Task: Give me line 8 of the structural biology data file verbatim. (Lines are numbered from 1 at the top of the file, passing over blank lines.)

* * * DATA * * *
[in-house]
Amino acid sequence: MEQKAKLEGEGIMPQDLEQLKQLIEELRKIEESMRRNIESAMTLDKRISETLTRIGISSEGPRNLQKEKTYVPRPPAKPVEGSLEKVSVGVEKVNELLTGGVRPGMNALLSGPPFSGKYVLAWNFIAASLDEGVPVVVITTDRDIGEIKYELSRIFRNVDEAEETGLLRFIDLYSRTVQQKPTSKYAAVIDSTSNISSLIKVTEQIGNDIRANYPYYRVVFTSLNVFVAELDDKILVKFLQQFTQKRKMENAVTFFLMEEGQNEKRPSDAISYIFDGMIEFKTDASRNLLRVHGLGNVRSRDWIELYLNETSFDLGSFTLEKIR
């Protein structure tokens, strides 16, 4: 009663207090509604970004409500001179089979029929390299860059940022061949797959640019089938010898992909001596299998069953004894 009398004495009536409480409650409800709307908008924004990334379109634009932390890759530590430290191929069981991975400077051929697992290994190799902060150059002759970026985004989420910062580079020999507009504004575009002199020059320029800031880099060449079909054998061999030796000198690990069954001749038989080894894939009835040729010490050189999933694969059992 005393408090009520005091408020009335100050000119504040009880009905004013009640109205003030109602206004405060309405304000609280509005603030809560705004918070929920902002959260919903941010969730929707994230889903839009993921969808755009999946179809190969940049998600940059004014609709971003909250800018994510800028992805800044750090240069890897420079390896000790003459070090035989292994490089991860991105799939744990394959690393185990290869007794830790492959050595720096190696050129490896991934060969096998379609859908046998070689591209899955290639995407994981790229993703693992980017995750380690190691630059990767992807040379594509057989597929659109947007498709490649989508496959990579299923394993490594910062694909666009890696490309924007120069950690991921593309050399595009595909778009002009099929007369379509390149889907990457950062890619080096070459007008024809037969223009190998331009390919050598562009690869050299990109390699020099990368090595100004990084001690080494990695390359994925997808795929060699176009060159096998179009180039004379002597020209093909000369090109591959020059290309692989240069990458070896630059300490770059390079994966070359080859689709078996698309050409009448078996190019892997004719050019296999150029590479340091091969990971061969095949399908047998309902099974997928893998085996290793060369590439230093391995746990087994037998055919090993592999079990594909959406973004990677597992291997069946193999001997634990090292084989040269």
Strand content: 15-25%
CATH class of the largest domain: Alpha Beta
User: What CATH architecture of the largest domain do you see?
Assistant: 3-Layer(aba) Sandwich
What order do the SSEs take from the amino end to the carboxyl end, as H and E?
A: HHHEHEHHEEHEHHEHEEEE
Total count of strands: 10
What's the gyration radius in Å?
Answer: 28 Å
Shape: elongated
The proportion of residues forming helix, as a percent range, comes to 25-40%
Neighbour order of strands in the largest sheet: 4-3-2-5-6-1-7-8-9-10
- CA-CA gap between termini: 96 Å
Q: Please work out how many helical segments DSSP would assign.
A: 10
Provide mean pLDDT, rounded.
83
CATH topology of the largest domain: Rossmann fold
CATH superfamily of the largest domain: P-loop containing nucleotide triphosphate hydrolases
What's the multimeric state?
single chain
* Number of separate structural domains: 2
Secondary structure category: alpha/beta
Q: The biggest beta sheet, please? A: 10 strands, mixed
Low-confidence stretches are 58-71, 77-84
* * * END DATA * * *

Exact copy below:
What order do the SSEs take from the amino end to the carboxyl end, as H and E?